SEATTLE -- One thing is for certain, Cinderella doesn't wear Heels.

Weber State claimed the Cinderella role as the Wildcats stunned the basketball world with a stirring 76-74 win over third-seeded North Carolina."The players had more confidence about the game today than I did," said departing Weber State coach Ron Abegglen. "I was a nervous wreck over there."

Harold Arceneaux lived up to every bit of his nickname as he was indeed, "The Show."

The 6-foot-6 junior wowed the sellout crowd with a dazzling array of drives, long-range bombs and heady play. In a rare moment, Seattle adopted a Utah team as its own and cheered them as if they were the Sonics.

The win gives the 25-7 Wildcats, just a 14th-seeded team, an unexpected date with Florida Saturday afternoon.

"We're just happy to be here, and we're glad it's not over," said an elated but controlled Abegglen.

Weber State came out with guns blazing and no apparent sign of awe.

Arceneaux scored 16 first-half points, hitting a trio of treys, while cohort Eddie Gill chipped in nine points before intermission as the Wildcats did everything they could to make sure the glass slipper fit and came in a lovely shade of purple.

In all, the 'Cats hit seven triples and used a slow, methodical offense to find their spots and hit them with cruel efficiency. With only a handful of mistakes over the first 20 minutes, the Wildcats held a 35-33 lead at the half over the glamour boys.

"That was about as good as it gets," Abegglen said. "I thought we executed offensively about as well as we possibly could. We talked about the things we could do better in the second half, and the team throughout the day had a lot of confidence in what we were doing."

Cota also did just about everything for the Tar Heels. The junior point guard scored 10 points, dished out six assists and effectively limited the Wildcats' fast-break opportunities. He finished the game with a strong line of 20 points, 10 assists and three steals, but he and Ademola Okulaja didn't get much help from their teammates.

"We did not have an answer for Arceneaux," admitted Carolina coach Bill Guthridge. "He was sensational. They kept hitting all of those threes, and we did not have an answer."

Weber State bombed away from outside the arc. The 'Cats hit 14 total treys to help compensate for a bad day at the boards.

Carolina used its brawn advantage well as the Tar Heels grabbed 15 offensive rebounds and enjoyed a 12-rebound margin at the end of the game. But Weber's quickness and successful ball handling were too much to overcome.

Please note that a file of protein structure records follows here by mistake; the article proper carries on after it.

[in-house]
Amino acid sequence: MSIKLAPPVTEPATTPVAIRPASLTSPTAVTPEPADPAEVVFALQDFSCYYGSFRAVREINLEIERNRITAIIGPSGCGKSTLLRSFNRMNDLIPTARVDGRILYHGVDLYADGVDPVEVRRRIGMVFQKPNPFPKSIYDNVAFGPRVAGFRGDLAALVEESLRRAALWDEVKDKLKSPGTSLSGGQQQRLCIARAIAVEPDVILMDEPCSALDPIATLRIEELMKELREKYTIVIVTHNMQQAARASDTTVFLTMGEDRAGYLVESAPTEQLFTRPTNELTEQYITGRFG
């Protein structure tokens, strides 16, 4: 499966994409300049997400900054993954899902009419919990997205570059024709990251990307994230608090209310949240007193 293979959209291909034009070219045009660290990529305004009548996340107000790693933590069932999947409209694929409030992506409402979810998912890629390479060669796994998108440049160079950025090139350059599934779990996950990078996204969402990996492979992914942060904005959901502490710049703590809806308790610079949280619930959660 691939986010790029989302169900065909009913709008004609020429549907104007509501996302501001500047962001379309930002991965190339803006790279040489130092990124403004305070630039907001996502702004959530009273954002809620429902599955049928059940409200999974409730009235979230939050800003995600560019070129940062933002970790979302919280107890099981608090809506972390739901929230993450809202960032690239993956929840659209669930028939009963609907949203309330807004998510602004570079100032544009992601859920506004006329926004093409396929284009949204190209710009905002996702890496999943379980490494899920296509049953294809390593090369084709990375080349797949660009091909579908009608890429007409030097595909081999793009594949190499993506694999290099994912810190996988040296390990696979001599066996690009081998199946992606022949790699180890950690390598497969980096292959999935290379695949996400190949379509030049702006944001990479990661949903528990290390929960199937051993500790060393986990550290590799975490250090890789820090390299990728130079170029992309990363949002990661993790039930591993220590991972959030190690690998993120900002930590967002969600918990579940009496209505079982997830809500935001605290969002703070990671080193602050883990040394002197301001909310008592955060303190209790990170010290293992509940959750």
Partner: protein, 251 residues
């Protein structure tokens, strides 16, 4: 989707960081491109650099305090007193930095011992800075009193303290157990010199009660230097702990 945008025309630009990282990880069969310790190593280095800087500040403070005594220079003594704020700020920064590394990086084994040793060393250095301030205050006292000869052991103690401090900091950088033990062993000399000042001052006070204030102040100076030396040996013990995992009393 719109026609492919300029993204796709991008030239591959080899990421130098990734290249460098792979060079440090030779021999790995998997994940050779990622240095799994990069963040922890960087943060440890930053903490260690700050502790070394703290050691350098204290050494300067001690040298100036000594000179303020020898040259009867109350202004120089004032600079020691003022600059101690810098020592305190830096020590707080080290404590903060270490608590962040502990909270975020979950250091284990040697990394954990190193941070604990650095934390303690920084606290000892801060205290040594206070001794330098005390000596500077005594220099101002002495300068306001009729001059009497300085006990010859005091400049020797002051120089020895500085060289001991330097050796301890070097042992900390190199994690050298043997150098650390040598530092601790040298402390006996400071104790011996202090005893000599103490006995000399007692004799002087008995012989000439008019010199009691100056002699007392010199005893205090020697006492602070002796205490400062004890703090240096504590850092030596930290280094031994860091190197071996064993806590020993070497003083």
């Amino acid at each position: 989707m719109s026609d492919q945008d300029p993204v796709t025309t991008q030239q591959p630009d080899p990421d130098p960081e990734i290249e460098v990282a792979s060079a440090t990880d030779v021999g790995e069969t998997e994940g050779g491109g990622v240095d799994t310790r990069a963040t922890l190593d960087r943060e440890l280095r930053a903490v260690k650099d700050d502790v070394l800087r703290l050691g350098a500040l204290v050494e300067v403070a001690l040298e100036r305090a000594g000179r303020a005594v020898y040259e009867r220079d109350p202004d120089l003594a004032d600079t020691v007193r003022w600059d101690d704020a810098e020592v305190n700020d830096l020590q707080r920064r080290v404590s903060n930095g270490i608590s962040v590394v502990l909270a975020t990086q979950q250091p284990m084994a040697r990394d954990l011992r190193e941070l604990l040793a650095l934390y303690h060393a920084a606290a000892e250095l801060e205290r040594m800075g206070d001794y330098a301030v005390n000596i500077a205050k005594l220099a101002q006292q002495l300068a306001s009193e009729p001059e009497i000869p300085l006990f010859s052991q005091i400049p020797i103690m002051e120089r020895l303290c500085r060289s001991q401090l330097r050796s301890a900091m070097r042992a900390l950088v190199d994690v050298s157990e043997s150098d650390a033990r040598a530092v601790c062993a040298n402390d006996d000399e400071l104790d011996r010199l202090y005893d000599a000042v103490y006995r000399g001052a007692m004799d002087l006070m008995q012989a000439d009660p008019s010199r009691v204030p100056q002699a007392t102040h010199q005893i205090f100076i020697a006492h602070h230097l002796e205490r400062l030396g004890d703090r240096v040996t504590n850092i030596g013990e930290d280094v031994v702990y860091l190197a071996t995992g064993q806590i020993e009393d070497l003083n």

"I luckily got open, and I luckily hit some shots," Arceneaux said. "That was part of the game plan, and I was lucky enough to get some good looks."

And while the Weber stars were doing their jobs well, the backups were getting it done, too.

Abegglen went to his bench liberally in the first half with Joey Haws, Eric Ketchem and Dan Del Vecchio each seeing early playing time as the Wildcats made sure no starter had more than one foul heading into the second half.

While the Key Arena crowd had firmly hopped on the Wildcat bandwagon, it wasn't an easy feeling.

In each of the three previous games, the lower seeded team held a second-half lead only to falter down the stretch. Only Gonzaga had managed to hold on and beat the higher-seeded opponent, and that might have been only thanks to four Minnesota players riding the pine after being suspended.

But the Wildcats weren't ready to wilt under the heat.

Gill ripped a 3-pointer on the break seconds into the final period, and Marc Lawson buried back-to-back bombs to give the Wildcats a nine-point cushion with 16:35 to play.

"I don't think anybody gave us a lot of a chance, coming out of the Big Sky, which some consider a mediocre league" said Wildcat guard Noel Jackson. "I don't call this an upset. We knew we were going to win. At that point, you could almost see the Tar Heels start to crack. Center Brenden Haywood started getting feisty."

With Andy Jensen bodying the 7-footer, Haywood openly gestured that he wanted the ball in a bad way.

He got it, but missed badly. Guthridge soon pulled him out of the game.

"They did a really good job of not letting us use our size," Guthridge said. "When we would get the ball inside, they were moving us out. We tried to play our two big guys, but we could not cover them at the other end."

By using a smaller lineup, North Carolina was able to chip away at Weber State's lead and eventually got it down to just a point in the last minute, but Weber State was able to hold on with clutch free-throw shooting.

"As long as we kept getting two, they were going to have to keep on hitting (big shots)," Gill said.

The Wildcats nailed 8 of 10 free throws in the final 40 seconds to stave off the late Carolina rally and leave the Heels feeling even more blue than usual.

However, not until Arceneaux intercepted a desperation long pass as the buzzer sounded did the game's outcome feel secure.